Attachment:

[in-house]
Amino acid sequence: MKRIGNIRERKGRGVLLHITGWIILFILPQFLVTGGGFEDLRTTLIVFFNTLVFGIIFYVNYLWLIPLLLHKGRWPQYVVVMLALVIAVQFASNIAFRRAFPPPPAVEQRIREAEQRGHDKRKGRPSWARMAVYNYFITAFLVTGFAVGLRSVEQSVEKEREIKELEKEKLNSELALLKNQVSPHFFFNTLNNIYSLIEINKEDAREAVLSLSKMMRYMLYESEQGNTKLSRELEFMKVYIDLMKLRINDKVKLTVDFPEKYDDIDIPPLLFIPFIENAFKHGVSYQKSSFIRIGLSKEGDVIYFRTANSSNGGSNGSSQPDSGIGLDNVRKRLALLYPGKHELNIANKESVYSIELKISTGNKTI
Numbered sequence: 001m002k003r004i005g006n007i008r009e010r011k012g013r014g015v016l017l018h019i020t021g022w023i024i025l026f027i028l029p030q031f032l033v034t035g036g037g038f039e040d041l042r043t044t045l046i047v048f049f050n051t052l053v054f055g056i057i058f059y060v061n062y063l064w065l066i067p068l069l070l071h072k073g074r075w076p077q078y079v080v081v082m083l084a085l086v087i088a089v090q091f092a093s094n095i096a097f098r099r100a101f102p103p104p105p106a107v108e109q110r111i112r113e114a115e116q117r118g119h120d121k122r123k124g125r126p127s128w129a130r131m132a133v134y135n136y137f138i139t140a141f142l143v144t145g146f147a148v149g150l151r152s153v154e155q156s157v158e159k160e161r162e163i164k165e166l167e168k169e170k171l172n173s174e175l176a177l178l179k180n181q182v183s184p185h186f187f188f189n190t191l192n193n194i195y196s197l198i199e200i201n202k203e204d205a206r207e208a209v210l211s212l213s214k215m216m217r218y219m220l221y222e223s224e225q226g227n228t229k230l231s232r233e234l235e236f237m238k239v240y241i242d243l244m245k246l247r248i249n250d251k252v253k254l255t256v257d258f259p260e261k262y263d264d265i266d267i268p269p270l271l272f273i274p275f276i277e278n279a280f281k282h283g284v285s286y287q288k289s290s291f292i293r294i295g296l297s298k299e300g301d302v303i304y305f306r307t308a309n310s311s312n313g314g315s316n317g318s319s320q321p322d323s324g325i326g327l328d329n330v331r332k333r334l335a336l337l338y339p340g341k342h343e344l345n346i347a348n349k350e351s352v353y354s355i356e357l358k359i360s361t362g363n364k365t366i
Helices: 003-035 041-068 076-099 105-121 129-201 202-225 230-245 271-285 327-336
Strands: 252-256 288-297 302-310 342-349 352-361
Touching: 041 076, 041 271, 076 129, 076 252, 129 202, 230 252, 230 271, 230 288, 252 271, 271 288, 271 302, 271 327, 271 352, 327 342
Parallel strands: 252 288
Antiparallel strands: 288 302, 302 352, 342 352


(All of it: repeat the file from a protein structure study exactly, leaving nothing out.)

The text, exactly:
[in-house]
Amino acid sequence: MKRIGNIRERKGRGVLLHITGWIILFILPQFLVTGGGFEDLRTTLIVFFNTLVFGIIFYVNYLWLIPLLLHKGRWPQYVVVMLALVIAVQFASNIAFRRAFPPPPAVEQRIREAEQRGHDKRKGRPSWARMAVYNYFITAFLVTGFAVGLRSVEQSVEKEREIKELEKEKLNSELALLKNQVSPHFFFNTLNNIYSLIEINKEDAREAVLSLSKMMRYMLYESEQGNTKLSRELEFMKVYIDLMKLRINDKVKLTVDFPEKYDDIDIPPLLFIPFIENAFKHGVSYQKSSFIRIGLSKEGDVIYFRTANSSNGGSNGSSQPDSGIGLDNVRKRLALLYPGKHELNIANKESVYSIELKISTGNKTI
Numbered sequence: 001m002k003r004i005g006n007i008r009e010r011k012g013r014g015v016l017l018h019i020t021g022w023i024i025l026f027i028l029p030q031f032l033v034t035g036g037g038f039e040d041l042r043t044t045l046i047v048f049f050n051t052l053v054f055g056i057i058f059y060v061n062y063l064w065l066i067p068l069l070l071h072k073g074r075w076p077q078y079v080v081v082m083l084a085l086v087i088a089v090q091f092a093s094n095i096a097f098r099r100a101f102p103p104p105p106a107v108e109q110r111i112r113e114a115e116q117r118g119h120d121k122r123k124g125r126p127s128w129a130r131m132a133v134y135n136y137f138i139t140a141f142l143v144t145g146f147a148v149g150l151r152s153v154e155q156s157v158e159k160e161r162e163i164k165e166l167e168k169e170k171l172n173s174e175l176a177l178l179k180n181q182v183s184p185h186f187f188f189n190t191l192n193n194i195y196s197l198i199e200i201n202k203e204d205a206r207e208a209v210l211s212l213s214k215m216m217r218y219m220l221y222e223s224e225q226g227n228t229k230l231s232r233e234l235e236f237m238k239v240y241i242d243l244m245k246l247r248i249n250d251k252v253k254l255t256v257d258f259p260e261k262y263d264d265i266d267i268p269p270l271l272f273i274p275f276i277e278n279a280f281k282h283g284v285s286y287q288k289s290s291f292i293r294i295g296l297s298k299e300g301d302v303i304y305f306r307t308a309n310s311s312n313g314g315s316n317g318s319s320q321p322d323s324g325i326g327l328d329n330v331r332k333r334l335a336l337l338y339p340g341k342h343e344l345n346i347a348n349k350e351s352v353y354s355i356e357l358k359i360s361t362g363n364k365t366i
Helices: 003-035 041-068 076-099 105-121 129-201 202-225 230-245 271-285 327-336
Strands: 252-256 288-297 302-310 342-349 352-361
Touching: 041 076, 041 271, 076 129, 076 252, 129 202, 230 252, 230 271, 230 288, 252 271, 271 288, 271 302, 271 327, 271 352, 327 342
Parallel strands: 252 288
Antiparallel strands: 288 302, 302 352, 342 352